Unfortunately, falsehoods such as Alabi’s formed the theme of Akeredolu’s campaign. This was particularly evident in the governorship debates during which Akeredolu was either raising false allegations or spinning spurious figures. The calculation was that some Ondo voters might be convinced if enough falsehoods and distortions were spread around.
This was taken a step further in the final days of the campaign when Tinubu himself denigrated Mimiko at a campaign rally in Akure by calling him a “beggar” and a “traitor”, who “came to me and begged me to support him, rolling on the ground … I spent millions of pounds sterling but he betrayed me … (he is) a serial traitor”. We have now come full circle from “integration” through “underachievement” to personal vendetta.
But Tinubu did not say that some of his nominees were hired when Mimiko formed his government. He also did not talk about the pressure he put on Mimiko within the last one year to join the ACN. Why, you would wonder, would he want a traitor to join his party?
It is clear that Tinubu might have assisted Mimiko in his mandate fight in 2007 on the expectation that Mimiko would become one of his subject governors by crossing over to the ACN. The matter was moot for some time. However, as ACN’s fortunes spread across the South-West after the 2011 elections, Tinubu renewed his overtures to Mimiko to join the ACN, apparently in his bid to control the entire geopolitical zone.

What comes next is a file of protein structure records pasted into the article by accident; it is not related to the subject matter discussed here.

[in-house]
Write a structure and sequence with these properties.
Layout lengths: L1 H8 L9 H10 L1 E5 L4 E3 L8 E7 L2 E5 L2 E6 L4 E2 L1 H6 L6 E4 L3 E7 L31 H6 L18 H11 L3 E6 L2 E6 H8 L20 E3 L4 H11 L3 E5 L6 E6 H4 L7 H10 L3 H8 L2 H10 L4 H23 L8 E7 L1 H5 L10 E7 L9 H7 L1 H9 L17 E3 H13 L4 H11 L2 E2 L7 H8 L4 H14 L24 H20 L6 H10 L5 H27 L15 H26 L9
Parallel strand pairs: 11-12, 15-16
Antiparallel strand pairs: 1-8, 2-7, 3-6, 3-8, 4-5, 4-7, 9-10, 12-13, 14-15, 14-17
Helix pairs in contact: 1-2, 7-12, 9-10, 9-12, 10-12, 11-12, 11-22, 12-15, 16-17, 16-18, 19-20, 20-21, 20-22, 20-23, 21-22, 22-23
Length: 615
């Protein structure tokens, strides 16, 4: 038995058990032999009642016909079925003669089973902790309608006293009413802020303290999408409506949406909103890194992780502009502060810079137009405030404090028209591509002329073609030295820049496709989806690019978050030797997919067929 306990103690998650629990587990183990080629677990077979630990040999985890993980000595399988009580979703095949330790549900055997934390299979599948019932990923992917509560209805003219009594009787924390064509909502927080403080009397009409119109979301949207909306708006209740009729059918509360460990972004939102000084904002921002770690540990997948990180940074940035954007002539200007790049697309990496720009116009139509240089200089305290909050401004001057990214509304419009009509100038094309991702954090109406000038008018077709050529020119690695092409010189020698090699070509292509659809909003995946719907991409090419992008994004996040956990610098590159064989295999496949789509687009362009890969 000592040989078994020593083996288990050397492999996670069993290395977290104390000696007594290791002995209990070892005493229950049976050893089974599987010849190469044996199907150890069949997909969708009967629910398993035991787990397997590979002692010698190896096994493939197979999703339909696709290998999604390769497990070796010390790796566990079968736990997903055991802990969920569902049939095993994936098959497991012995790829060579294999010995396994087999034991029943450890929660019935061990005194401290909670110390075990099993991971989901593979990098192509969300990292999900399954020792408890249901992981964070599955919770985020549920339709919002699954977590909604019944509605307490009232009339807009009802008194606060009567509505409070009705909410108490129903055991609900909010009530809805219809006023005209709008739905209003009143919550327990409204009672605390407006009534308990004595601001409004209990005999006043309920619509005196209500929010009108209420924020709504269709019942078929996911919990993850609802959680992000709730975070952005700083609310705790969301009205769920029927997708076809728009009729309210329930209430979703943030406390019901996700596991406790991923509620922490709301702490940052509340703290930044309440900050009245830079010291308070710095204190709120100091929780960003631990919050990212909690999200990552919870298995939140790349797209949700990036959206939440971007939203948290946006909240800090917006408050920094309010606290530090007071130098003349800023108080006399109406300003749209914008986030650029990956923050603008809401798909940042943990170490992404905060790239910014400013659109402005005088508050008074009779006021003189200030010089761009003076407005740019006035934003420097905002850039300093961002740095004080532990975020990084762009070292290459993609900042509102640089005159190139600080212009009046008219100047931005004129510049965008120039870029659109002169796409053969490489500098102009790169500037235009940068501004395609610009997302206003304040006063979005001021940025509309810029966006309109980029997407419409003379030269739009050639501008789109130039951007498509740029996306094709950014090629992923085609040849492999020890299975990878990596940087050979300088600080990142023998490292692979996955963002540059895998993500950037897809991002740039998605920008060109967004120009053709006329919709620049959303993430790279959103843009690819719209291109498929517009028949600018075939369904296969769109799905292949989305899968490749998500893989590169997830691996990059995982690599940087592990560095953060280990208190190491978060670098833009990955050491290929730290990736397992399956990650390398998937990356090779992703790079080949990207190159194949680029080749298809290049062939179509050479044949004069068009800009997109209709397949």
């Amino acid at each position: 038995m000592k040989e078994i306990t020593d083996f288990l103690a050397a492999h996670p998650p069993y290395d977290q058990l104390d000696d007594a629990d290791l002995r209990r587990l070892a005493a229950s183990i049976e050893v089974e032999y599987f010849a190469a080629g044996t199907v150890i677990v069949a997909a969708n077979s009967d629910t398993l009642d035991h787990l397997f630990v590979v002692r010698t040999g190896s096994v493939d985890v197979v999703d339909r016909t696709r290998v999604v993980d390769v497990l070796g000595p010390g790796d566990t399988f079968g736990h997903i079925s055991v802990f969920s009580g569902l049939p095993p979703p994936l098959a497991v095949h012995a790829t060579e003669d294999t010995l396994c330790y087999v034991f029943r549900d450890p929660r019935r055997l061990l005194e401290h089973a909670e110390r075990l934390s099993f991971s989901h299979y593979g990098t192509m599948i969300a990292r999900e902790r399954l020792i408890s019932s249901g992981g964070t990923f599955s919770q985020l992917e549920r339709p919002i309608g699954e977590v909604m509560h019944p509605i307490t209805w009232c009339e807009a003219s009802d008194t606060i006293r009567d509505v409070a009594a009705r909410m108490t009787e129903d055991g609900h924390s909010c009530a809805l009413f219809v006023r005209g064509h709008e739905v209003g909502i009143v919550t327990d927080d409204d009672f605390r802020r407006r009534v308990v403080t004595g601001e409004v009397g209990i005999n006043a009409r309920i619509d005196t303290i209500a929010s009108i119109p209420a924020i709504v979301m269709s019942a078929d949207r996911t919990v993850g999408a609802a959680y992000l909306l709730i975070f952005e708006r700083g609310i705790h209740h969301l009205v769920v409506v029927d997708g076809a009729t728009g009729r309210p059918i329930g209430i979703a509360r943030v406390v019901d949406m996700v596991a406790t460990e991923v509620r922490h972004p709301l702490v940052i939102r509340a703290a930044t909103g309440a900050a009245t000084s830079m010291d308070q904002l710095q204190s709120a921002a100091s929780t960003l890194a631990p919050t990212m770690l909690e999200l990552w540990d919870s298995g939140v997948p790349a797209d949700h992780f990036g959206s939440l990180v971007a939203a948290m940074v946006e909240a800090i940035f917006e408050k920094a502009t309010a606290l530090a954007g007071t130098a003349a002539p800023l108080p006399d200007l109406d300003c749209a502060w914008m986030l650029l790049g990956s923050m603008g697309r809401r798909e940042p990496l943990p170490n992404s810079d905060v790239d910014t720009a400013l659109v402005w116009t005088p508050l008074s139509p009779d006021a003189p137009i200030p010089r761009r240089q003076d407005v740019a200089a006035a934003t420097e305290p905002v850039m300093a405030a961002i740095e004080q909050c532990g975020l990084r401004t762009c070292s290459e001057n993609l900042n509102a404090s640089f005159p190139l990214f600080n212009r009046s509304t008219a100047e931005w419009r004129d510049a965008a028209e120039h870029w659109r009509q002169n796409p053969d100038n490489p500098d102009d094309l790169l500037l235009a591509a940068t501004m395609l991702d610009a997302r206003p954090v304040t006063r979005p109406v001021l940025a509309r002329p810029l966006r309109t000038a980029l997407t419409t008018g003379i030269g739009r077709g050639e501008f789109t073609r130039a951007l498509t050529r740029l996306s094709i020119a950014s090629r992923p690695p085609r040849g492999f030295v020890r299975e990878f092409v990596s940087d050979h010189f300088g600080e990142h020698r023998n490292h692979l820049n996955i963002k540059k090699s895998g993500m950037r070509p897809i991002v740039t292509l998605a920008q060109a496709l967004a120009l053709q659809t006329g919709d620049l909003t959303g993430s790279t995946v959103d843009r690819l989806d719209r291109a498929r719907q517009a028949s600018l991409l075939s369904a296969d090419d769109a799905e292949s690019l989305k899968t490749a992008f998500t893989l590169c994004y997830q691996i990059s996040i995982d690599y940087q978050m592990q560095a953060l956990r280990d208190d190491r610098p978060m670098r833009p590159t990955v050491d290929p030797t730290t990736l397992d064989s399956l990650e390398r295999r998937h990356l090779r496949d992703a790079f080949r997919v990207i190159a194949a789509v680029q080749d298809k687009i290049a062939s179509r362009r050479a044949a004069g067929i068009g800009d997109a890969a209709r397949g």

Be that as it may, Tinubu’s Akure traitor pitch did not go down well with Ondo voters, who quickly viewed it as a replay of former President Olusegun Obasanjo’s traitor stump about Mimiko in Akure in 2007. Both attempts to put down Mimiko before his people fired up his supporters.
There are two hidden transcripts in all of this. First, Tinubu truly desires to include Ondo on the ACN map. It would be simplistic, however, to conclude that the desire was limited to political control. There is also an economic dimension–Ondo’s oil revenue is an object of desire. That’s why informed Ondo voters objected to the external control of their state and its resources.
Second, Tinubu truly believed that his party would win the Ondo governorship. However, so many mistakes were made along the way, from candidate imposition to excessive negative campaign, which gave little room for policy discussion. Above all, the traditional strategy of rigging elections was thwarted by extra-ordinary security, efficient INEC personnel, vigilant polling agents, and an electorate determined to make their votes count.
It is ironical that a self-styled “party of democrats” is the only one among 12 political parties that still refused to fully accept the results of an election universally acknowledged as free, fair, and peaceful. This says something about the ACN leadership. Either the party leaders are not getting proper advice or they think they know it all. Above all, they seem to lack self-criticism. The reckless pursuit of the “Take over Ondo” project was a clear demonstration of these deficiencies.